Dawood in Pak: Jaishankar takes a dig at neighbour

Jaishankar takes a dig at Pakistan for admitting Dawood Ibrahim's presence

External Affairs Minister S Jaishankar. Credit: PTI

External Affairs Minister S Jaishankar on Friday tacitly took a dig at Pakistan, which recently acknowledged the presence of Dawood Ibrahim in its territory, India's most wanted terrorist.

He said that the states, which turned terror into “a primary export”, had attempted, “by dint of bland denials”, to paint themselves as the victims of the menace they sent out around the world. “But, as we have seen last week, sustained pressure through international mechanisms to prevent the movement of funds for terror groups and their front agencies can work,” said the External Affairs Minister.

He was delivering a lecture at an event held by The Energy and Resources Institute (TERI) in honour of its founder Darbari S Seth.

“It (international pressure) has eventually compelled a state complicit in aiding, abetting, training and directing terror groups and associated criminal syndicates to grudgingly acknowledge the presence of wanted terrorists and organized crime leaders on its territory,” he added, tacitly hitting out at Pakistan.

New Delhi has since long been believing that India’s most wanted fugitive Dawood Ibrahim, who had masterminded the 1993 serial blasts in Mumbai, has been living in Pakistan. Islamabad, however, consistently denied his presence in Pakistan.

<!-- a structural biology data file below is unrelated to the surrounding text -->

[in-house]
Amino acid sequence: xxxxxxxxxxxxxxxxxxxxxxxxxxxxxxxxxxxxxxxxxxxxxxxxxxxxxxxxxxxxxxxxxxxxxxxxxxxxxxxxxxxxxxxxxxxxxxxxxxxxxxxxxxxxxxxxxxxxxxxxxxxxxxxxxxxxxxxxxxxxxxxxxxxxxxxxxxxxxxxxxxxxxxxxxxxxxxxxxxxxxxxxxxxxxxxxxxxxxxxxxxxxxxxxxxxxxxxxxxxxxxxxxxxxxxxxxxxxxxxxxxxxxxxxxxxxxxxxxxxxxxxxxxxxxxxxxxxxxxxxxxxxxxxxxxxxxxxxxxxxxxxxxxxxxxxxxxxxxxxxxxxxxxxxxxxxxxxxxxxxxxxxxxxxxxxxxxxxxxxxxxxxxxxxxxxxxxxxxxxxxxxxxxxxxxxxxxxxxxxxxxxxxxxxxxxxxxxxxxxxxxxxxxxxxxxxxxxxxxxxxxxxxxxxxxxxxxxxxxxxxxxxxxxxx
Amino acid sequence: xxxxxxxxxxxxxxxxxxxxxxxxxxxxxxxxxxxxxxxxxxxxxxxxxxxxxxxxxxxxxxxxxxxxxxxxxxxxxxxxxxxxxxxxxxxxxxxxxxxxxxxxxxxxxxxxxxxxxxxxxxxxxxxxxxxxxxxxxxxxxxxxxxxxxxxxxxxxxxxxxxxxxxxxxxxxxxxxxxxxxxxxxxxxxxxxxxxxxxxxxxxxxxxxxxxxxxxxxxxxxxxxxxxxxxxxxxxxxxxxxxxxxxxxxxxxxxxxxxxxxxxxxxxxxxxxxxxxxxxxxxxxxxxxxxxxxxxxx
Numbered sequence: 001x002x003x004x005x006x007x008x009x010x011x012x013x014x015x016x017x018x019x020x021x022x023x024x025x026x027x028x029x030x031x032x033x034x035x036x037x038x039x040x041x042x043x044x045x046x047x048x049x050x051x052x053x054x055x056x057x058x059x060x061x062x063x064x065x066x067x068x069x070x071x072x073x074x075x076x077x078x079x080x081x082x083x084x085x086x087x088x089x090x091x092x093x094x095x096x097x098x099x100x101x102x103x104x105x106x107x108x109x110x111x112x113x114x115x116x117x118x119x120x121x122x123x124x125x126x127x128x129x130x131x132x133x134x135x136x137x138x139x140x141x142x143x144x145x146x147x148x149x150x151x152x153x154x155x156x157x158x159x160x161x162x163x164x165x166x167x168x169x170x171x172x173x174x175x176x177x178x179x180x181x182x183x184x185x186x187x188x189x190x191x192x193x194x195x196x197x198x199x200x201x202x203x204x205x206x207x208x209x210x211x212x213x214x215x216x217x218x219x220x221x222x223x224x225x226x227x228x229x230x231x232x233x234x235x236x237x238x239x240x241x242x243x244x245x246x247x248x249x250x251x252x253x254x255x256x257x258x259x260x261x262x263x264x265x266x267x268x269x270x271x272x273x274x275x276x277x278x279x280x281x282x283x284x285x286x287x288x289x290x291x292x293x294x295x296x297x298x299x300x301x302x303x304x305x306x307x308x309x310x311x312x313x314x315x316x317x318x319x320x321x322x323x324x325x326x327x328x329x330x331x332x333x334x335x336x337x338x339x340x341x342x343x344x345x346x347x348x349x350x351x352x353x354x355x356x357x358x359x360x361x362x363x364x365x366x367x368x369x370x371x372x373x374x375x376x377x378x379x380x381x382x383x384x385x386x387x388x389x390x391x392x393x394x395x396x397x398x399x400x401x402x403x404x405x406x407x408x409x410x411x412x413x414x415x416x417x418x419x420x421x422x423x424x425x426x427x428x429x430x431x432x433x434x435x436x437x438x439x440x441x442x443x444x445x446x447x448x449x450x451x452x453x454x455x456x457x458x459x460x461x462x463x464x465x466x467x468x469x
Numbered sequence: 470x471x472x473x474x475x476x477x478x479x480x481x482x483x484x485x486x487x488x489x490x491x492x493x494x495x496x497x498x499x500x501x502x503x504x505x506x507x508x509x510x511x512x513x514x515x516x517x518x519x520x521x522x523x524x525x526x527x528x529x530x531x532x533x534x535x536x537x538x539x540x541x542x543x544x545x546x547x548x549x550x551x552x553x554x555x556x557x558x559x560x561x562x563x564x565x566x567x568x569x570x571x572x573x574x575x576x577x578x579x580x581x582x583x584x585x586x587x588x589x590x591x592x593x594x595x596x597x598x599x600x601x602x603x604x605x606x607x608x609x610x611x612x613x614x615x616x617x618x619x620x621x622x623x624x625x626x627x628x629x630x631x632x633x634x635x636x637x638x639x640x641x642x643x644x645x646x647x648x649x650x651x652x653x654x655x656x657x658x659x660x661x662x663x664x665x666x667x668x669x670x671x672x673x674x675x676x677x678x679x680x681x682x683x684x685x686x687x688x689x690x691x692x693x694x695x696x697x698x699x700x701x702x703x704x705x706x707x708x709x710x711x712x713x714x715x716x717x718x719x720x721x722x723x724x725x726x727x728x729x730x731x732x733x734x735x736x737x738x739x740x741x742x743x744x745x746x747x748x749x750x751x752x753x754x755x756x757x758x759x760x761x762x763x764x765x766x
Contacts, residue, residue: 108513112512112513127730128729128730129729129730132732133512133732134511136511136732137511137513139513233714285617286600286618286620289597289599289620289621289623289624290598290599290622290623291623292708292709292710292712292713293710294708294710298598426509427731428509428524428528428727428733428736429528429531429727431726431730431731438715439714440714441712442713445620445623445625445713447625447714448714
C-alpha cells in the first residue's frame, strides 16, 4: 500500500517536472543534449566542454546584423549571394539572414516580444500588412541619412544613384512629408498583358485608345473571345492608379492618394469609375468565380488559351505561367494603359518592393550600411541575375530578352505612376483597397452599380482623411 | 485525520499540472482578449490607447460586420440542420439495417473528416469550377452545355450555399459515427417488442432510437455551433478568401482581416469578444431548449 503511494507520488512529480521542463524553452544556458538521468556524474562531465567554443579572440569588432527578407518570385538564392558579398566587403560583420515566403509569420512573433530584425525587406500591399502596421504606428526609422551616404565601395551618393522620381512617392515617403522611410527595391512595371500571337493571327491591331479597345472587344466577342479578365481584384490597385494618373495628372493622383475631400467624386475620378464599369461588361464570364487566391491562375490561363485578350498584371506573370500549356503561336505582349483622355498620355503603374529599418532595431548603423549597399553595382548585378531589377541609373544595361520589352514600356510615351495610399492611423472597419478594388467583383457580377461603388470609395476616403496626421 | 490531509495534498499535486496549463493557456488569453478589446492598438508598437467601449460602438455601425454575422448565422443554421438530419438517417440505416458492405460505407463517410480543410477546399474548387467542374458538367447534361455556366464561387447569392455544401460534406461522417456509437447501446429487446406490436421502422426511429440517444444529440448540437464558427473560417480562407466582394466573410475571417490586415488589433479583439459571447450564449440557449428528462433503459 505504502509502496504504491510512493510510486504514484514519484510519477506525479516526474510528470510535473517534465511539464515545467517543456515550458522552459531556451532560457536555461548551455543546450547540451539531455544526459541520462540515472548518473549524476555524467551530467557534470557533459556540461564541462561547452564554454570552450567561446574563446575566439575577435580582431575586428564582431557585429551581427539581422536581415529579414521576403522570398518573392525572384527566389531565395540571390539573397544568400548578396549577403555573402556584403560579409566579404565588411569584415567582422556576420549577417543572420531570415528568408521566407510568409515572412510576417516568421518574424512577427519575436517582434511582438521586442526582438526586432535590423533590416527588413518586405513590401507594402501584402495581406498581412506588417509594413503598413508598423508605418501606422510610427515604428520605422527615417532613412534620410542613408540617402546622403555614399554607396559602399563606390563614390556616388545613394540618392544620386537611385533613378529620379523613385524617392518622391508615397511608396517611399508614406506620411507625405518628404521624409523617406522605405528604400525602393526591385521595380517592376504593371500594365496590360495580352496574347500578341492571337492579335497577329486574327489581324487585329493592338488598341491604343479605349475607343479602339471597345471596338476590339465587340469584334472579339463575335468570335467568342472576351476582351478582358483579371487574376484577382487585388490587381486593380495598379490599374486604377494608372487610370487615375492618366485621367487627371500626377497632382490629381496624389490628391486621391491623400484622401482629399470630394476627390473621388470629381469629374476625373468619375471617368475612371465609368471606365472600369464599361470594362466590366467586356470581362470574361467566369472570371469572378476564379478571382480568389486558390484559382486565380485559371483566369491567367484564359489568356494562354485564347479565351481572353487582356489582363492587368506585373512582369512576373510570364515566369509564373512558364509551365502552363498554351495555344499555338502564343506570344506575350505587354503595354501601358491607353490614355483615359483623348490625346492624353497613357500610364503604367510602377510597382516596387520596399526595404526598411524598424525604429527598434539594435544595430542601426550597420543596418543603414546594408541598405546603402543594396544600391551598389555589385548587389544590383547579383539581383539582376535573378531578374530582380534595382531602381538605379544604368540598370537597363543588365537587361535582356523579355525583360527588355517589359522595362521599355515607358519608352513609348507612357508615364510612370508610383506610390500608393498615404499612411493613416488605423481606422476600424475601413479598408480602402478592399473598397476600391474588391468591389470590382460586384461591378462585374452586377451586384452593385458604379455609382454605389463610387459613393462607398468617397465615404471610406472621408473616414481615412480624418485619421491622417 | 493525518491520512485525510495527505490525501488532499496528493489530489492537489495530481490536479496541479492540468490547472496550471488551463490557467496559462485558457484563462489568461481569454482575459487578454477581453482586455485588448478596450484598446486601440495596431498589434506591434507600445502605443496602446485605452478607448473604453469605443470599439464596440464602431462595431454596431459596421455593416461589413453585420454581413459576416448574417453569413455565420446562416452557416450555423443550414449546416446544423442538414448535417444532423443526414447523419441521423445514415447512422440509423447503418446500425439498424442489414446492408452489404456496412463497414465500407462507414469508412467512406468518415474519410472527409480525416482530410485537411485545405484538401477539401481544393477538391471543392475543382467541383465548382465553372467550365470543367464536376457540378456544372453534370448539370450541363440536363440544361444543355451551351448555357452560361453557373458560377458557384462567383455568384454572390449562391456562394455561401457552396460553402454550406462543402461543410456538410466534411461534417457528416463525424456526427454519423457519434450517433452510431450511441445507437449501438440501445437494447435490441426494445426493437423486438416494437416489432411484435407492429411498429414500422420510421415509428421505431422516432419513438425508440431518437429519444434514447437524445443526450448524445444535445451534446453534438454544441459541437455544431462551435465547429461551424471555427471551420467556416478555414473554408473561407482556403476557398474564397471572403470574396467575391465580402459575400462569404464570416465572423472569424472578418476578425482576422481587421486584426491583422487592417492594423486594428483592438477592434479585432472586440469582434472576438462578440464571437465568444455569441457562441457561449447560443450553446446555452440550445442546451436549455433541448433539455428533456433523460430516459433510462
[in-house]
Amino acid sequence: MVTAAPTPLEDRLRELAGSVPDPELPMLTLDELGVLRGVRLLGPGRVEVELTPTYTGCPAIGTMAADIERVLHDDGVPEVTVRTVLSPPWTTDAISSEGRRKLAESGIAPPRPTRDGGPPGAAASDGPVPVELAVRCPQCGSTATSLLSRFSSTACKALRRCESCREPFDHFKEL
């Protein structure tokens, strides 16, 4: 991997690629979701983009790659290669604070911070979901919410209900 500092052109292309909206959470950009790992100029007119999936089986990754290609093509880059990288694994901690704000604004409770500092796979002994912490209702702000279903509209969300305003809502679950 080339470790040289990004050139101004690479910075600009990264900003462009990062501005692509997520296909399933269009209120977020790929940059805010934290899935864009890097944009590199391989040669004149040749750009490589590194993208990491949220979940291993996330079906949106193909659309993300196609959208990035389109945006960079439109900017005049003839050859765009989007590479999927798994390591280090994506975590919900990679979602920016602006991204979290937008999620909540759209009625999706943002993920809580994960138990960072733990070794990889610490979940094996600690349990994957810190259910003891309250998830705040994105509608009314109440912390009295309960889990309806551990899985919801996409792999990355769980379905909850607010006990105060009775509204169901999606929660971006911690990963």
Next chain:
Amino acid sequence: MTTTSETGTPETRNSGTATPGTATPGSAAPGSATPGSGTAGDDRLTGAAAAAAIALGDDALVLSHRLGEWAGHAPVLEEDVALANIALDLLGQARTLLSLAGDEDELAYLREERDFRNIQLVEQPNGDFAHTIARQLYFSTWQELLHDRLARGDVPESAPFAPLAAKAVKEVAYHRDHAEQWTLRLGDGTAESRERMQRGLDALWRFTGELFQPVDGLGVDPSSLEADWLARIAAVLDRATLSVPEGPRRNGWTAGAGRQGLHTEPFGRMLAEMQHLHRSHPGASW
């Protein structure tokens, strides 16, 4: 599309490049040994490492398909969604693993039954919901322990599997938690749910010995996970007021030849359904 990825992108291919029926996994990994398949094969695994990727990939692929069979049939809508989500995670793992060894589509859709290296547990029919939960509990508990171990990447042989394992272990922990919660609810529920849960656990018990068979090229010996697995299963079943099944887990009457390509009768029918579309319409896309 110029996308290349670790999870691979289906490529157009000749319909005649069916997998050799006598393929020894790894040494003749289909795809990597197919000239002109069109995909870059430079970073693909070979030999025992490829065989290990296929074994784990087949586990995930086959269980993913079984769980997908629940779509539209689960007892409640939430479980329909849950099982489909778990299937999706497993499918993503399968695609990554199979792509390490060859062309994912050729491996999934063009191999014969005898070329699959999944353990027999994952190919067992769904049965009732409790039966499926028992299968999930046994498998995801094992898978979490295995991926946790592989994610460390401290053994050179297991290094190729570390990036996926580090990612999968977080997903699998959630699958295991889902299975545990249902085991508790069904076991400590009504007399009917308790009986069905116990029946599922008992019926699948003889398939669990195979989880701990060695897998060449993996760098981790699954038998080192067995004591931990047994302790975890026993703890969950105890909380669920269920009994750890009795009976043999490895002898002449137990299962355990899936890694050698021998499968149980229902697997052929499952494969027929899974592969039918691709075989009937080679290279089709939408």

The Pakistan Government, however, on Sunday published a list of 88 terrorists, including Dawood Ibrahim, Hafiz Saeed and Zaki-ur-Rahman Lakhvi of the Lashkar-e-Toiba, Masood Azhar of the Jaish-e-Mohammed. The individuals listed in the Statutory Regulatory Order issued by the Ministry of Foreign Affairs of the Pakistan Government are all designated as terrorists by the United Nations Security Council, which also imposed sanctions on him.

The Pakistan Government published the list apparently as part of a move to implement the measures prescribed by the Financial Action Task Force (FATF) – an intergovernmental organization coordinating global efforts to fight money laundering and terror financing. It notified that listed individuals would have no direct access to funds and would not be able to procure arms or enter or transit through Pakistan.

The presence of Dawood Ibrahim in the list prompted New Delhi to take it as an admission by the Pakistan Government of the fact that the elusive terrorist had been living in its territory. Islamabad, however, later sought to play it down.

India has been working with the United States, France, United Kingdom and other nations to step up pressure on the Pakistan Government through the FATF to squeeze flow of funds to the terrorists and terror organizations operating in the neighbouring country.

“The struggle against terror and those who aid and abet it is a work in progress. It remains for the international system to create the necessary mechanisms to shut down the structures that support and enable terrorism, whether in South Asia or across the globe,” the External Affairs Minister said on Friday.

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